3D printed robotic exoskeleton allows paraplegic to walk
EksoBionics’ Ekso Suit custom tailored using 3D Systems additive manufacturing equipment.
Ekso Bionics recently showed off a 3D printed version of its hybrid robotic exoskeleton at a Singularity University-hosted event in Budapest. The company’s Ekso Suit was tailor made for Amanda Boxtel, who was paralyzed from the waist down following a skiing accident in the 1990s.
Developed as a physical therapy device to help those who suffer from spinal cord injuries, stokes and other debilitating conditions learn how to walk again, the Exo Suit incorporates motors at the user’s hips and knees to control forward gait. Lithium batteries at the shoulder blades allow the suit to function untethered.
In addition, the suit has a series of modes that progressively teach the user how to use the suit. In FirstStep walk mode, for example, a physical therapist pushes buttons to initiate each step. Ultimately, users progress to ProStep mode in which the suit senses the weight shift of the user to anticipate and take steps.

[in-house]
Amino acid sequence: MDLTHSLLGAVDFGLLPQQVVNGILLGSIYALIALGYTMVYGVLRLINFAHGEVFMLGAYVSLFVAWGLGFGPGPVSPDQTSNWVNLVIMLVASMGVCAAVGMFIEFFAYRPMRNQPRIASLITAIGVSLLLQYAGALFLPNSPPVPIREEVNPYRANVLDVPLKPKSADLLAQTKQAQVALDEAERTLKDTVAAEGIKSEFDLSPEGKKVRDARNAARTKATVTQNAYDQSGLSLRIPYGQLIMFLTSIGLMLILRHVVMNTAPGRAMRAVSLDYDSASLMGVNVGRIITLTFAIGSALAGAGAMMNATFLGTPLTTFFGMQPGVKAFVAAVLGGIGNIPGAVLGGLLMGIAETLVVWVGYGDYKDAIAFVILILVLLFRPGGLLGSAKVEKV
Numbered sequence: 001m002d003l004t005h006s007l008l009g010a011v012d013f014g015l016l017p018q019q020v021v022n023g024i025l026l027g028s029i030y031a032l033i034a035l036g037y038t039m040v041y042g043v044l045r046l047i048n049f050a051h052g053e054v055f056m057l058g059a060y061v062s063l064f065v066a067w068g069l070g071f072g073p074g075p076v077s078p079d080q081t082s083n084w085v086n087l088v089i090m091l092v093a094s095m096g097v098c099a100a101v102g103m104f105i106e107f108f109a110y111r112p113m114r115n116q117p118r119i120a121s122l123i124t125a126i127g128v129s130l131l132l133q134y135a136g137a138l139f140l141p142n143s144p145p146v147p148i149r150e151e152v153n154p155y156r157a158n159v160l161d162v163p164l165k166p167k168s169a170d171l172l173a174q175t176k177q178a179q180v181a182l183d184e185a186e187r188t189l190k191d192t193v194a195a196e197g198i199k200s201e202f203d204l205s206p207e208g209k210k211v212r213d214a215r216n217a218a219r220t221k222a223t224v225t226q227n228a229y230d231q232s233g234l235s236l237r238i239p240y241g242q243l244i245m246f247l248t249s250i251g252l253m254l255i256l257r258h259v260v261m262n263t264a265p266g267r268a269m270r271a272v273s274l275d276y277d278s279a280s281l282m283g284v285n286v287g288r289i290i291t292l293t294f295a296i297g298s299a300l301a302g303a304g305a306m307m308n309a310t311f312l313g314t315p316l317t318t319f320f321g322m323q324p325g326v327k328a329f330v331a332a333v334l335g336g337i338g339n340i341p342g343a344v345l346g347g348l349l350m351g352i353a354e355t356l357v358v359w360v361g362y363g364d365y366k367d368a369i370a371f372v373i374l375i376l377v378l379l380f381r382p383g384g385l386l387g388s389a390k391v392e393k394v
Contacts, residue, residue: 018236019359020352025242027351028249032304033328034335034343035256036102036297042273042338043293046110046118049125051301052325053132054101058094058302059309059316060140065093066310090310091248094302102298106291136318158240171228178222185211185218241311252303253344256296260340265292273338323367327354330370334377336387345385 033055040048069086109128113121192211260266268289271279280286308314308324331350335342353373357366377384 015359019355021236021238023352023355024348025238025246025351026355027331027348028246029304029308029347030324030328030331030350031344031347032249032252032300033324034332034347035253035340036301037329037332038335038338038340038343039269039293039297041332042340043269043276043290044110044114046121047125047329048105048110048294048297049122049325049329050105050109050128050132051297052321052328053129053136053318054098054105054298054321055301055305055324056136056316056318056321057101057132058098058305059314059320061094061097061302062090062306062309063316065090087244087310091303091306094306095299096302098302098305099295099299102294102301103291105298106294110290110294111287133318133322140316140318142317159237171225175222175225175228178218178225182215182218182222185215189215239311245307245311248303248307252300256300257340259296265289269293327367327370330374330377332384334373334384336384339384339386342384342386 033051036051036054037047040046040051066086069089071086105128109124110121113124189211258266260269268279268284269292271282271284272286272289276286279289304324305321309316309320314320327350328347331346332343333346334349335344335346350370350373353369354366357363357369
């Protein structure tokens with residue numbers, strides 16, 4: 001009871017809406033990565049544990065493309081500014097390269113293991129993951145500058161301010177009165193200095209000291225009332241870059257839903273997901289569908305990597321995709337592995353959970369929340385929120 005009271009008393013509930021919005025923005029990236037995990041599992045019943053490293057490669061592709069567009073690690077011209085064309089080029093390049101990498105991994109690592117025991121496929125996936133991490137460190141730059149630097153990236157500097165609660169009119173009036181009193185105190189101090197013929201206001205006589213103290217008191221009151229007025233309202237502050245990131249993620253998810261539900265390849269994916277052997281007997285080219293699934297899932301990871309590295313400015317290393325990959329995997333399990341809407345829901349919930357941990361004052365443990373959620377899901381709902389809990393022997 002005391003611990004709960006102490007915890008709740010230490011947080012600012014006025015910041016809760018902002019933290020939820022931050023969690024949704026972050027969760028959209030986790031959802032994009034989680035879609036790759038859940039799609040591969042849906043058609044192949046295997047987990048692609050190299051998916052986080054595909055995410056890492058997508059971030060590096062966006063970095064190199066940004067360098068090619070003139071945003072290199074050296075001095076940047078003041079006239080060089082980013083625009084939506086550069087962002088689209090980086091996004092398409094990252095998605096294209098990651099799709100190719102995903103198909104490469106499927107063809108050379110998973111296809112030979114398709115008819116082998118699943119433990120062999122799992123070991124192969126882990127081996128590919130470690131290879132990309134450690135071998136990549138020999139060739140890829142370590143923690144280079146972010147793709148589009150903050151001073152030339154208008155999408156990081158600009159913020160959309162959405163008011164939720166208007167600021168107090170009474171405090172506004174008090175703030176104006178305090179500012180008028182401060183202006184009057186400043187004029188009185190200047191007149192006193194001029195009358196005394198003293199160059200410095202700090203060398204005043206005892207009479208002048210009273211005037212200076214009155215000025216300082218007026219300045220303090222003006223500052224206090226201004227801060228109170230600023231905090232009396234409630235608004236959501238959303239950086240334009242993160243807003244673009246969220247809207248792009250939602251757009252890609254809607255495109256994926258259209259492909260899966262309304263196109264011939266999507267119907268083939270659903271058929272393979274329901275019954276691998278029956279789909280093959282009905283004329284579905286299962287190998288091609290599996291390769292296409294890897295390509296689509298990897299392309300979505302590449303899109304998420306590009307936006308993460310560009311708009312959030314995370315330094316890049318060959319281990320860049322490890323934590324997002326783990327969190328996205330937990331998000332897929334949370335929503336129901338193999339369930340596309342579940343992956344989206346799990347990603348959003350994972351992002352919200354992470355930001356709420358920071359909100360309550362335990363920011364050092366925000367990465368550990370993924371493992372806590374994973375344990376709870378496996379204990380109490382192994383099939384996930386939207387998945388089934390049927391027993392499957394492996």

To customize the suit for Amanda Boxtel, 3D Systems designers used a 3D scanner to digitize her legs and spine to help form the harness assemblies. The 3D printed components were then integrated into the Ekso Suit.
Founded in 2005, Ekso Bionics grew out of UC Berkeley’s Robotics and Human Engineering Laboratory with research grants from the Department of Defense and licensed technology to the Lockheed Martin. To date, the company has sold approximately 30 Ekso Suits to rehabilitation centers.